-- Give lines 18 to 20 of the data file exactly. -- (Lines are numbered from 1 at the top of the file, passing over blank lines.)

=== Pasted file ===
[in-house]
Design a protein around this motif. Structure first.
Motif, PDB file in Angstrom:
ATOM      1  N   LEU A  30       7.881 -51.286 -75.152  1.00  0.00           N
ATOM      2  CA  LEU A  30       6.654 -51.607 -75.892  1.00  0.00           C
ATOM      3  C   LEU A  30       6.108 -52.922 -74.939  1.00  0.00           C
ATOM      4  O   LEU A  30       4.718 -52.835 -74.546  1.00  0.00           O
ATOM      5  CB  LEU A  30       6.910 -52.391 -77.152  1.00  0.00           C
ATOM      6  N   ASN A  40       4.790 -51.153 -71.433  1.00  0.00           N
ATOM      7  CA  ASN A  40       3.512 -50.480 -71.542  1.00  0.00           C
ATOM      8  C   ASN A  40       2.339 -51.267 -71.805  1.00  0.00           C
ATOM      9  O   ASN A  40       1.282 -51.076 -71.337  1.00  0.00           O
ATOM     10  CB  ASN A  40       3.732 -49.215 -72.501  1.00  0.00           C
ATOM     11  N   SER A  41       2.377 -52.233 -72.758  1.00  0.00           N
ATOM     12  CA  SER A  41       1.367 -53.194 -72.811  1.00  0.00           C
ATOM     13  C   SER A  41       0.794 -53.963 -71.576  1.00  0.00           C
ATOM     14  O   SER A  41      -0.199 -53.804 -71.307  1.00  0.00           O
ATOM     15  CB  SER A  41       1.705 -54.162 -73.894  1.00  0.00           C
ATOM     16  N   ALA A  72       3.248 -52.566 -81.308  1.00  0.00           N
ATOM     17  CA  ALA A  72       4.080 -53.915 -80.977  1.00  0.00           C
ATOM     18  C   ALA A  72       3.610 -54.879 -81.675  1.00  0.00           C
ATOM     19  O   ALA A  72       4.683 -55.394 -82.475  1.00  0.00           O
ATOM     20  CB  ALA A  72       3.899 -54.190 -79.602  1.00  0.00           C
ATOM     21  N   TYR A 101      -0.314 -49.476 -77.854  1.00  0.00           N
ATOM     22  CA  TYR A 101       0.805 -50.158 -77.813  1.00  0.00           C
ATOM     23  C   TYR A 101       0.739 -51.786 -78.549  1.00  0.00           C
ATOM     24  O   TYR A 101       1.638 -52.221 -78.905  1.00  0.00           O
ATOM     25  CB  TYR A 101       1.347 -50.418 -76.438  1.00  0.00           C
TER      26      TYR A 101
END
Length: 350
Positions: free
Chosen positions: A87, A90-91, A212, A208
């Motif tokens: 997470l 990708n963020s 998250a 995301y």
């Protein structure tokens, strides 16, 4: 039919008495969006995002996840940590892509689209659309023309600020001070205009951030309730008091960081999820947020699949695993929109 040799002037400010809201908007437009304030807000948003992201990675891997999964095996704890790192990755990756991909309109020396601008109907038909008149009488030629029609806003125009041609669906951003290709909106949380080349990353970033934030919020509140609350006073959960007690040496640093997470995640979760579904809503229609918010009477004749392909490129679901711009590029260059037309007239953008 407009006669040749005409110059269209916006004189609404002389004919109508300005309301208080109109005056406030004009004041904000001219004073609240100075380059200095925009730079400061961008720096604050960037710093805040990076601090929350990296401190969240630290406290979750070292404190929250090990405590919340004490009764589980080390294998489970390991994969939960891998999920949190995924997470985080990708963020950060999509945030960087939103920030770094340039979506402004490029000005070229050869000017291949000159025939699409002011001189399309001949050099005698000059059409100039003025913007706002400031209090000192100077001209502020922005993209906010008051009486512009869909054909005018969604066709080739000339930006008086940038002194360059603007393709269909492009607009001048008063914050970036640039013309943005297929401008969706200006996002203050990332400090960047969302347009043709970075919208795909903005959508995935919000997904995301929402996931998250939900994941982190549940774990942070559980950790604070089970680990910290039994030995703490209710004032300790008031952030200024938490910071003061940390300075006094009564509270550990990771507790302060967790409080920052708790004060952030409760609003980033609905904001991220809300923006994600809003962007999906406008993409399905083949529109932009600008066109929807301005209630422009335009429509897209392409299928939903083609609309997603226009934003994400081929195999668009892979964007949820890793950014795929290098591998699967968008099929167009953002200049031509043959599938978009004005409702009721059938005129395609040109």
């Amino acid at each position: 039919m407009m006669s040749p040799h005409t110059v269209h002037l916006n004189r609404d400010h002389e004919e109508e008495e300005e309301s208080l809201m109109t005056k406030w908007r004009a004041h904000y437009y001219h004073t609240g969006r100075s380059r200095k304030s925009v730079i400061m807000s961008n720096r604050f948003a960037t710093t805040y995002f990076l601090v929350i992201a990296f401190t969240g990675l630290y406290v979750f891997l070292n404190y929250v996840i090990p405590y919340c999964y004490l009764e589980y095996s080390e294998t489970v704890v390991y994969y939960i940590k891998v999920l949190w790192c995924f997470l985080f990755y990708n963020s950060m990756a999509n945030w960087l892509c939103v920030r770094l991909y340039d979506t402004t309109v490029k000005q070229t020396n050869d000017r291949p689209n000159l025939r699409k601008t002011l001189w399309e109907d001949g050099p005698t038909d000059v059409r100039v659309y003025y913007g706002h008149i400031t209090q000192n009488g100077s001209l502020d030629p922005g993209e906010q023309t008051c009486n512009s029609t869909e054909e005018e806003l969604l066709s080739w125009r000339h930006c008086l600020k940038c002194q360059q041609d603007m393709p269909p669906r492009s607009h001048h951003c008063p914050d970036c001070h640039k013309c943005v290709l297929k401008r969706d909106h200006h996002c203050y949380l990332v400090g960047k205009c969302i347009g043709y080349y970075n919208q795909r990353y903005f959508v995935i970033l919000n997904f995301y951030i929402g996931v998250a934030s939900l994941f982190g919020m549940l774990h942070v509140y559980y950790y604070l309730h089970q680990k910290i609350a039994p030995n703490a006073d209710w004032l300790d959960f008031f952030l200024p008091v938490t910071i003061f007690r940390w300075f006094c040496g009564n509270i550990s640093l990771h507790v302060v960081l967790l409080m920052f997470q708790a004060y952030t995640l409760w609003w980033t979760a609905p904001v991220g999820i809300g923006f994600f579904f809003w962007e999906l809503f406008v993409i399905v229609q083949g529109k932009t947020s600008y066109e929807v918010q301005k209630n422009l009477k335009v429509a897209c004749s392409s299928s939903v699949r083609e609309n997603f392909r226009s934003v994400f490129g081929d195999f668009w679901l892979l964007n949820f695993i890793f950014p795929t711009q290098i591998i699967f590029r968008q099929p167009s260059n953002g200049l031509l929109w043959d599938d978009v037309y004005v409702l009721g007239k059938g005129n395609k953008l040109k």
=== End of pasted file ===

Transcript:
ATOM     15  CB  SER A  41       1.705 -54.162 -73.894  1.00  0.00           C
ATOM     16  N   ALA A  72       3.248 -52.566 -81.308  1.00  0.00           N
ATOM     17  CA  ALA A  72       4.080 -53.915 -80.977  1.00  0.00           C